Note: Spoilers for previous books in this series
The fourth book in this charming crime series begins six months after the end of the third book. In the first three books, we met Ruth Galloway, an 40-ish overweight forensic archeologist at the (fictional) University of North Norfolk, and Detective Chief Inspector Harry Nelson of the Norfolk Police. The two teamed up to solve several crimes since Ruth is an expert on bones, and now Ruth is seconded to the Serious Crime Unit, which is headed by Nelson.
Ruth has been summoned to the local Smith Museum for the opening of a coffin that has been excavated and is believed to hold the bones of the 14th Century Bishop Augustine Smith, an ancestor of the museum’s owner, Lord Danforth Smith. When she arrives, however, she finds that the curator, Neil Topham, is lying dead beside the coffin. Further, there are threatening letters in Neil’s desk drawer. The museum houses a great many bones of Aboriginal Australians. A group calling itself the Elginists, dedicated to the repatriation of sacred artefacts, are believed to be behind the letters; they have also written to Lord Smith. They insist the remains of the ancestors must be returned “so they may enter the Dreaming [i.e., spirit world] and so complete the cycle of nature.” Otherwise, “The Great Snake will have its revenge.”
Nelson is called to the scene, taking a break from his work trying to figure crack a drug-smuggling ring in the area. When drugs are also found in Topham’s desk, Nelson senses a tie between the two cases.
Meanwhile, this is the first time he and Ruth have seen each other in six months. At her daughter Kate’s christening, Nelson’s wife Michelle figured out that Nelson was the father of Ruth’s baby, and insisted Nelson agree never to see Ruth or Kate again, except as it was necessary to see Ruth for work. Nelson told Ruth of this development, and then complied with Michelle’s wishes. Ruth was very hurt, but also did not want to ruin Nelson’s marriage.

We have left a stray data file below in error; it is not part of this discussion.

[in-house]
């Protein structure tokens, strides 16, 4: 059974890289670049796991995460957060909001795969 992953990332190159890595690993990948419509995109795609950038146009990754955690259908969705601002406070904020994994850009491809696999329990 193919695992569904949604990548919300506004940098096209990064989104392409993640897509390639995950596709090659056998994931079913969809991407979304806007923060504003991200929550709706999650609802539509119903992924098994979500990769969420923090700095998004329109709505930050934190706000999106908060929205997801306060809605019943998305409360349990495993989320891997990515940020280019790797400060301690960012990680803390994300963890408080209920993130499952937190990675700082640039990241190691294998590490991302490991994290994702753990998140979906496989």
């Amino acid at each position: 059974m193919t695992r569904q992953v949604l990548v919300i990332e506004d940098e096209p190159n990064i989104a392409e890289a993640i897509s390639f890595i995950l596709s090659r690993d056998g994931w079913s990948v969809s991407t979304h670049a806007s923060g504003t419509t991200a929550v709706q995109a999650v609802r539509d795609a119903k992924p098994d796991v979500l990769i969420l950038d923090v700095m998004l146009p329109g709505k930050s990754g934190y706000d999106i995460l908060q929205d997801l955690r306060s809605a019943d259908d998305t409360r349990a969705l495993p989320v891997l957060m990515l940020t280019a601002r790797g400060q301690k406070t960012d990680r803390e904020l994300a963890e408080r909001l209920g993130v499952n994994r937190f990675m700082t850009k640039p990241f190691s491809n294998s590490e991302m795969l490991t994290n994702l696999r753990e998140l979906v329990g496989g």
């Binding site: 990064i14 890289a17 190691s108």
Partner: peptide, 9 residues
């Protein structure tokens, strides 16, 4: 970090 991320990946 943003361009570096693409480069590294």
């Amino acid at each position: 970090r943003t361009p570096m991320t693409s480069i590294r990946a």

Ruth has mixed feelings for Nelson, a combination of irritation, respect, and attraction. She refuses to consider whether or not she loves him. In any event, she is seeing someone occasionally – the archeologist Max Grey. She also has the frequent company of Cathbad, a modern-day druid and a bit of a “mystic archeologist” as well as Kate’s godfather and friend to both her and Nelson.
Nelson also is not clear on his feelings for Ruth. He loves his family, but he also can’t stop thinking about Ruth. And of course he loves his newest child. It’s all too painful to think about, so he tries not to do so.
Interesting subplots also concern complicated relationships and interrelationships: a member of Nelson’s team, Detective Sergeant Judy Johnson, is engaged to be married, but is attracted to Cathbad. Another Detective Sergeant, Dave Clough, is dating an archeologist from Ruth’s team at the university. Ruth’s sort-of best friend Shona is now living with Ruth’s boss, Phil, and they are expecting a baby.
Suddenly, another person ends up dead, and Nelson himself becomes mortally ill. Both Ruth and Michelle are forced to confront uncomfortable truths, as Judy and Dave solve the crime and almost lose their own lives.
Discussion: Ruth is a lovely character, all the more likable, to my mind, for being so far from the stereotypical thin, gorgeous protagonist. The other main characters are excellently drawn with many layers, making them seem quite like real people.
Evaluation: This is a very appealing series, with well-drawn fascinating characters. I also love that one comes away from the book learning something besides how to commit a murder. (It is possible the author was inspired to write this particular book by this story from the British news in 2009 about the same issue.)
Published in the U.S. by Houghton Mifflin Harcourt, 2012